Tag Archives: love

Thank You for That

Some people walk into your life and change it for the better, change YOU for the better, even though you never knew you needed them.

Esta Doutrich and Jenny Smucker are two people who have blessed me this way. Somehow I never knew how close their birthdays are; Jenny’s is today, and Esta’s was yesterday.

Today’s post is in honor of them.


Thank you for teaching me that it’s possible to be best friends with your sister despite nine years age difference.

Thank you for amazing me with your intellect and wit.

Thank you for your fashion advice.

Thank you for the impromptu sleepovers.

Thank you for bringing me kittens and books and tea and hugs when I’m feeling down.

Thank you for understanding my sense of humor.


Thank you for making an effort to befriend me even before we’d ever even met.

Thank you for listening and offering expert advice to all my problems, especially those pertaining to depression.

Thank you for getting what depression is like.

Thank you for your fun and funny personality that makes life so much more enjoyable of a place to live.

Thank you for the overflowing bounty of insight into the world you possess, due to your faith and your hunger for knowledge and your understanding of culture.

Jenny. Esta. You have now idea how much you’ve blessed me in life. I love you tremendously.

Happy Birthday.


To my dad, life is like a math book. It is filled with problems, but that’s okay, because each problem has a solution.


My Dad is a teacher. When people say, “I don’t know how to solve these problems,” he likes to sit down and help solve them. This applies to both math problems and life problems.


When I was, oh, I don’t know, thirteen maybe, I played a childish and mean prank on a fellow classmate. The girl in questions loved horses, and had “I love horses” written all over her desk, on her goal chart, star chart, and on random slips of paper sticky-tacked to the divider. One day, I crossed out the word “love” on all of those papers and wrote “hate” there instead.

I got an automatic detention.

My punishment wasn’t so bad. I just had to stay after school ten minutes. It was kind of embarrassing to get a detention in front of my peer group, but not awful.  The hard part, the part that had me squirming in my seat, sweating like a pig, was the fact that my parents had to sign my detention slip.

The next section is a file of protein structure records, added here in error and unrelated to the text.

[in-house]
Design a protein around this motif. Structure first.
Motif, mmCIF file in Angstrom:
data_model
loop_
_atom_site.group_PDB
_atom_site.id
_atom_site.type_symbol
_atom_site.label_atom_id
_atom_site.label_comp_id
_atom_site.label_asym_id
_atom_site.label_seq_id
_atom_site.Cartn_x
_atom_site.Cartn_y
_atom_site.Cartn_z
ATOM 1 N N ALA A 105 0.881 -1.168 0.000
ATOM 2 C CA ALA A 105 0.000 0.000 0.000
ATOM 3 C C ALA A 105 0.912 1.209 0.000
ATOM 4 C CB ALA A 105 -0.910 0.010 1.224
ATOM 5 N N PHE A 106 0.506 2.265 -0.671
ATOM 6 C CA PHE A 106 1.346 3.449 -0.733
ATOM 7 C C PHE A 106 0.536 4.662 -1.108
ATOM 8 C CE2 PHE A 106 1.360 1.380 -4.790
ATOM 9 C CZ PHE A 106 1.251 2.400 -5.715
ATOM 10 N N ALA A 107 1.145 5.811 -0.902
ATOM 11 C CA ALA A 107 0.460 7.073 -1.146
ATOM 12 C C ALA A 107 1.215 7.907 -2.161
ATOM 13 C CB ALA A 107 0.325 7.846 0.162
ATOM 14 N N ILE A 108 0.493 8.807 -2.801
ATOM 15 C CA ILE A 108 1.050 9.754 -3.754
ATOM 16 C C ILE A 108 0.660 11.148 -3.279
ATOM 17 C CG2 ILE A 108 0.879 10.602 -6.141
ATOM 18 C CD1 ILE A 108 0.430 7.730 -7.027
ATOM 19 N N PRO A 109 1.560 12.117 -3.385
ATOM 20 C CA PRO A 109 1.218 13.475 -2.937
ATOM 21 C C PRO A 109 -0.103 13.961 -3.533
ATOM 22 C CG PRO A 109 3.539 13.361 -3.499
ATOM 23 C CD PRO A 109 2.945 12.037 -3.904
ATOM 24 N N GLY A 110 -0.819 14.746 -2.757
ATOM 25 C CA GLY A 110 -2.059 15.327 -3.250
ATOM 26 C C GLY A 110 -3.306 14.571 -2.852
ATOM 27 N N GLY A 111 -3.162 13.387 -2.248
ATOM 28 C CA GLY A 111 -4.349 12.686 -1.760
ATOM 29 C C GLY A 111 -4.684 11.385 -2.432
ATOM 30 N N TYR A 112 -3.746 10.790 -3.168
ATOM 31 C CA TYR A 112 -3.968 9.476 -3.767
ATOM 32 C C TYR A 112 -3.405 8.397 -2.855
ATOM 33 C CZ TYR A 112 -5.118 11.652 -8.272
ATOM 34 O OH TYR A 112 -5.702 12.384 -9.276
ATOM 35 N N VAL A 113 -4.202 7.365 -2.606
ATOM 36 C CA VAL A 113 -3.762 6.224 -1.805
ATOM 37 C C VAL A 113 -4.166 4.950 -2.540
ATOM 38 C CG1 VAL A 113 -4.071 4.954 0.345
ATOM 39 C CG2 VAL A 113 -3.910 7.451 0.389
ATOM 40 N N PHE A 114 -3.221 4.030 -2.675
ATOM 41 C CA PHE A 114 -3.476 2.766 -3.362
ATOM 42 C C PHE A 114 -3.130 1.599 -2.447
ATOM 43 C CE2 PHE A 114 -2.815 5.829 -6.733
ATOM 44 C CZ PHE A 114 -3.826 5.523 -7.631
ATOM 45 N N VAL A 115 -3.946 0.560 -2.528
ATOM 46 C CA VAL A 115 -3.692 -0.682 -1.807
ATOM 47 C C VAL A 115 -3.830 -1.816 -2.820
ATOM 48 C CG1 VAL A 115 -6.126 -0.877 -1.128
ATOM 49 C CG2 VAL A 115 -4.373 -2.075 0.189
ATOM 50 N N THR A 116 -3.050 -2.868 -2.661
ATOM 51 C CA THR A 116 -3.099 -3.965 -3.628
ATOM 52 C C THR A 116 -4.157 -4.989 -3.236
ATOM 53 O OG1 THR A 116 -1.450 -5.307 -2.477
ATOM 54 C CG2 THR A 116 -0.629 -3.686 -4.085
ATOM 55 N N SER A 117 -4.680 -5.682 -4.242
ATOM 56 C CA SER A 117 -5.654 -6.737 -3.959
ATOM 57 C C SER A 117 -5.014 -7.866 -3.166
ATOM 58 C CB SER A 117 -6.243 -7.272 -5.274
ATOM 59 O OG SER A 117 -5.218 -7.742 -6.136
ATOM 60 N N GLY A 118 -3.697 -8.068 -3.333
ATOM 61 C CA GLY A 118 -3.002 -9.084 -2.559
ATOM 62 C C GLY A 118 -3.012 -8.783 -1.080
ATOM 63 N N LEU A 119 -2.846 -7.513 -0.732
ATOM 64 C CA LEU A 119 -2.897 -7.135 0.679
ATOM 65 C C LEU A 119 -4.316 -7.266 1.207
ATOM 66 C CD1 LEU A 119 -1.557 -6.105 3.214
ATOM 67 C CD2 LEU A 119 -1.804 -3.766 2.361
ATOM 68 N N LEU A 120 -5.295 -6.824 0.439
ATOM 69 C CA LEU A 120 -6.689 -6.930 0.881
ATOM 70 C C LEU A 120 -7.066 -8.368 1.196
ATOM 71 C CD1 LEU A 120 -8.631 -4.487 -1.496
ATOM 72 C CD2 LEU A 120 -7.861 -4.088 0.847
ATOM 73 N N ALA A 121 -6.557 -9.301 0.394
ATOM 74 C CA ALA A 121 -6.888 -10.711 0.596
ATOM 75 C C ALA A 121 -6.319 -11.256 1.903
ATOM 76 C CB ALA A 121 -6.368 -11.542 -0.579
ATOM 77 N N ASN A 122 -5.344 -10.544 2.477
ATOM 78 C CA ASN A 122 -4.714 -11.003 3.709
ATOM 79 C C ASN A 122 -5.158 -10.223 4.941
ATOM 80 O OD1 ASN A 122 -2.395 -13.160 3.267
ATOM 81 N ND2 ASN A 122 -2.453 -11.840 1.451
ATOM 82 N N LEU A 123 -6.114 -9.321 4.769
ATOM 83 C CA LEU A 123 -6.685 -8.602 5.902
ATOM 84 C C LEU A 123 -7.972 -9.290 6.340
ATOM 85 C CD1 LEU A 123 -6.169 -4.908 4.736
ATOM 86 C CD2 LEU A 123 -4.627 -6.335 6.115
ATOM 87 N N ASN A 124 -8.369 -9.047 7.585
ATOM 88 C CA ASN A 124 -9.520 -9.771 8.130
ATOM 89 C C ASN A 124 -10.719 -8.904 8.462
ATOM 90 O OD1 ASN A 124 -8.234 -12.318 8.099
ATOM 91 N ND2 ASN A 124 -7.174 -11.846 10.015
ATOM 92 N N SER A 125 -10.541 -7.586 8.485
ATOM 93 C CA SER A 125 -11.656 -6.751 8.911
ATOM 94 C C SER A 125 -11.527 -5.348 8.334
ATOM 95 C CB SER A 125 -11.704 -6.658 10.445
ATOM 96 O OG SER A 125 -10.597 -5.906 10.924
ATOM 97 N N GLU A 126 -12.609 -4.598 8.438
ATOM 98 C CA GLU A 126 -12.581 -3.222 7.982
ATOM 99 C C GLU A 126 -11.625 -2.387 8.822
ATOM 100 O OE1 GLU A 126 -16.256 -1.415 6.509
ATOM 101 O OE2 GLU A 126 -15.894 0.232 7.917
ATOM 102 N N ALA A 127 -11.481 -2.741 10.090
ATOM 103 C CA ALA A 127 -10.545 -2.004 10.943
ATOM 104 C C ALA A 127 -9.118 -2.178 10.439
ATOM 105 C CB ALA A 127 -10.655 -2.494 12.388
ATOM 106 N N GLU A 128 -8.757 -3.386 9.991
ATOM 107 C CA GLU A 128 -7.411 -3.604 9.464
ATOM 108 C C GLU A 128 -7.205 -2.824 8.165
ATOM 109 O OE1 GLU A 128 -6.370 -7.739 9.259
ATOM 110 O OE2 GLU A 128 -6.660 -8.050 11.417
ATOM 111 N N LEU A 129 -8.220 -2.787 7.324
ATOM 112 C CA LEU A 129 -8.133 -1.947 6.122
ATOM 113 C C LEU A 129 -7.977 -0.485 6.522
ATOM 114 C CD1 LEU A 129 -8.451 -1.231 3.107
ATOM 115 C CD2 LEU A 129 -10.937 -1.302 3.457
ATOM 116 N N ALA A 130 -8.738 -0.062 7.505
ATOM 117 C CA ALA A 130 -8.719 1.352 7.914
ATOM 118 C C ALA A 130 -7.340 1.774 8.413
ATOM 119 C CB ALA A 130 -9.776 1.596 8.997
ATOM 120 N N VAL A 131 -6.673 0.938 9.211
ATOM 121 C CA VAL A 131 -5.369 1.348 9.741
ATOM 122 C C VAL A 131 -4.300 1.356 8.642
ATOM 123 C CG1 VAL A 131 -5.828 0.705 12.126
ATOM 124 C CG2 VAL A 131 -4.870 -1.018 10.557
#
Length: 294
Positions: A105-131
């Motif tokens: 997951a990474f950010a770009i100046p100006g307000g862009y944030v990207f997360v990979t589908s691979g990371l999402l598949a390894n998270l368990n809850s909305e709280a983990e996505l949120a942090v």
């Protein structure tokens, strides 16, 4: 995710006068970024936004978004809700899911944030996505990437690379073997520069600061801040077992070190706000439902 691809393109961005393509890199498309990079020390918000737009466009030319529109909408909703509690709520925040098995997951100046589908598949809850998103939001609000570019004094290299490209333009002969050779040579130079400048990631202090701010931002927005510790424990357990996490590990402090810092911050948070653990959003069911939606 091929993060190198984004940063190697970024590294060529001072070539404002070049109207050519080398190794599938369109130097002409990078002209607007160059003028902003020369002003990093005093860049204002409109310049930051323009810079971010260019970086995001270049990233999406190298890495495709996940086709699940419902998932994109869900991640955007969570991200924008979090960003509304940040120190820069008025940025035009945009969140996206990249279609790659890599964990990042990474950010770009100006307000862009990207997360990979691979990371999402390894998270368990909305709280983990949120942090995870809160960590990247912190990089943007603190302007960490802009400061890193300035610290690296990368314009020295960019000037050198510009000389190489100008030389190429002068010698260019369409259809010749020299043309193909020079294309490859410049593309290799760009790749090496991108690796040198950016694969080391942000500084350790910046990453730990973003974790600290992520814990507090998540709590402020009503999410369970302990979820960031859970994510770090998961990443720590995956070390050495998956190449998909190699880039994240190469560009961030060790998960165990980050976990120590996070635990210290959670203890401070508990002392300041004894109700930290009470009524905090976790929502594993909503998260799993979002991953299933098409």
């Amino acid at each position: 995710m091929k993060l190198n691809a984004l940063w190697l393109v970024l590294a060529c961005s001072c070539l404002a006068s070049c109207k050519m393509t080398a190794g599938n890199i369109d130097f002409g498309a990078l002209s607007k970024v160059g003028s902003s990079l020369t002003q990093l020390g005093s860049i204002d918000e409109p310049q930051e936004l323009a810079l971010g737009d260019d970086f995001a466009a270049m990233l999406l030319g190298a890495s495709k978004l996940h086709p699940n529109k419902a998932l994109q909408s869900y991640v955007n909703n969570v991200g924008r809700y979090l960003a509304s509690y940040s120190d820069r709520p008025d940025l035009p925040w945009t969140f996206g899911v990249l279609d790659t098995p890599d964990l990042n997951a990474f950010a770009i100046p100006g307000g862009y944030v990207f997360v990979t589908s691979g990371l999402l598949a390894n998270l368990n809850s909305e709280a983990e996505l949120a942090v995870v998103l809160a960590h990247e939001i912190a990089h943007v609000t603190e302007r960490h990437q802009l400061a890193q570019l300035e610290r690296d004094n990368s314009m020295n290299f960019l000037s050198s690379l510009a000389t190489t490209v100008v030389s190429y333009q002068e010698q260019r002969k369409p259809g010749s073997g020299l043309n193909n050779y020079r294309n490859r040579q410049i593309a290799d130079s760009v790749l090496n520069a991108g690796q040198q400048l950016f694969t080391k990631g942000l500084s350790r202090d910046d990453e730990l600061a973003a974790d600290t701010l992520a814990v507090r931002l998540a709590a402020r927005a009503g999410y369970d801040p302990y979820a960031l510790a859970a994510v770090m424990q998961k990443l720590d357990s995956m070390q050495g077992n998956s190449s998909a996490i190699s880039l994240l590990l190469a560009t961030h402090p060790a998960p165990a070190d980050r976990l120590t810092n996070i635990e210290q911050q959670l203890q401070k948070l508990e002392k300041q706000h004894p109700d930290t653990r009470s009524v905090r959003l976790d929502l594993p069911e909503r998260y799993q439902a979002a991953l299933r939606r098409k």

They had to know what I had done. I had to tell them.

I sat down with my parents, fear oozing out of every pore, and told them what had happened. I had done something mean and stupid. I was sorry. Now this girl thought I was a mean person. I felt guilty.

And my dad, in essence, said, “well how can we fix this? What if you made that girl something nice, with horses on it, and said you were sorry?”


I think it was then that it struck me that it didn’t matter how horrible my failing was, if I told my Dad about it, in full repentance, he would say, “okay. How can we fix this?”

That’s just the kind of guy my dad is. No panic, just solutions.

My dad is one of the least secretive people I know. What you see is what you get. There were always things about my dad, very crucial things to a daughter, that I just knew.

  1. My dad loved me.
  2. My dad enjoyed spending time with me.
  3. My dad thought I was beautiful.
  4. My dad thought I was talented.
  5. My dad loved God more than anything.
  6. My dad loved my mom more than anything besides God.
  7. My dad loved my siblings and I more than anything besides God and my mom.
  8. My dad wanted what was best for me.
  9. My dad trusted me.
  10. My dad loved me.


Even when I was angry, even when I thought he was being mean or ridiculous or whatnot, I never doubted these things. I don’t know that he said them all the time, they were just there, like the color of his shirt, for everyone to see.


Where would I be if it weren’t for my dad? It was my dad who taught me how to handle money. It was my dad who taught me that learning is always worth it, even if it is hard. It was my dad who taught me that it is important to work hard, not to become rich, but in order to help people.

My dad is a teacher.

The best teacher I’ve ever had.

The teacher I love most in the world.